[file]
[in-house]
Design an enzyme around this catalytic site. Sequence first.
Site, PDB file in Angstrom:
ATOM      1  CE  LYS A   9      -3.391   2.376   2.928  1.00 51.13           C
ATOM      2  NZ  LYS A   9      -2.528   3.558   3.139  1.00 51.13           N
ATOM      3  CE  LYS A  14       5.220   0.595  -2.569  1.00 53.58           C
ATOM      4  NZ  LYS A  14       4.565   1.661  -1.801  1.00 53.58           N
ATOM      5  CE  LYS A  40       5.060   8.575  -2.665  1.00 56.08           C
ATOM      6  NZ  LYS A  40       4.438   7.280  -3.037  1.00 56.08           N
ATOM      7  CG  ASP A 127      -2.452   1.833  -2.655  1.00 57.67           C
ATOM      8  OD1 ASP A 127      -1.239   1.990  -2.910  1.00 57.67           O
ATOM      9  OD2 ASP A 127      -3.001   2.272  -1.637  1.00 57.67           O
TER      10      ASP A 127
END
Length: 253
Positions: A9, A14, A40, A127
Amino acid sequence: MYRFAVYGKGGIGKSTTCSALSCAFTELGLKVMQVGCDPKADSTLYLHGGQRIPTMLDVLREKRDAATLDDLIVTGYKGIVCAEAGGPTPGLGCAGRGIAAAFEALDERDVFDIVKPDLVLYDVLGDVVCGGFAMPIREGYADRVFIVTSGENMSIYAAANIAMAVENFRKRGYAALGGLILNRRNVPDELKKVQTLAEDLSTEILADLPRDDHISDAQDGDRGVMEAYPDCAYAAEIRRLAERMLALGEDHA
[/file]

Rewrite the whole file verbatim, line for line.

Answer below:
[in-house]
Design an enzyme around this catalytic site. Sequence first.
Site, PDB file in Angstrom:
ATOM      1  CE  LYS A   9      -3.391   2.376   2.928  1.00 51.13           C
ATOM      2  NZ  LYS A   9      -2.528   3.558   3.139  1.00 51.13           N
ATOM      3  CE  LYS A  14       5.220   0.595  -2.569  1.00 53.58           C
ATOM      4  NZ  LYS A  14       4.565   1.661  -1.801  1.00 53.58           N
ATOM      5  CE  LYS A  40       5.060   8.575  -2.665  1.00 56.08           C
ATOM      6  NZ  LYS A  40       4.438   7.280  -3.037  1.00 56.08           N
ATOM      7  CG  ASP A 127      -2.452   1.833  -2.655  1.00 57.67           C
ATOM      8  OD1 ASP A 127      -1.239   1.990  -2.910  1.00 57.67           O
ATOM      9  OD2 ASP A 127      -3.001   2.272  -1.637  1.00 57.67           O
TER      10      ASP A 127
END
Length: 253
Positions: A9, A14, A40, A127
Amino acid sequence: MYRFAVYGKGGIGKSTTCSALSCAFTELGLKVMQVGCDPKADSTLYLHGGQRIPTMLDVLREKRDAATLDDLIVTGYKGIVCAEAGGPTPGLGCAGRGIAAAFEALDERDVFDIVKPDLVLYDVLGDVVCGGFAMPIREGYADRVFIVTSGENMSIYAAANIAMAVENFRKRGYAALGGLILNRRNVPDELKKVQTLAEDLSTEILADLPRDDHISDAQDGDRGVMEAYPDCAYAAEIRRLAERMLALGEDHA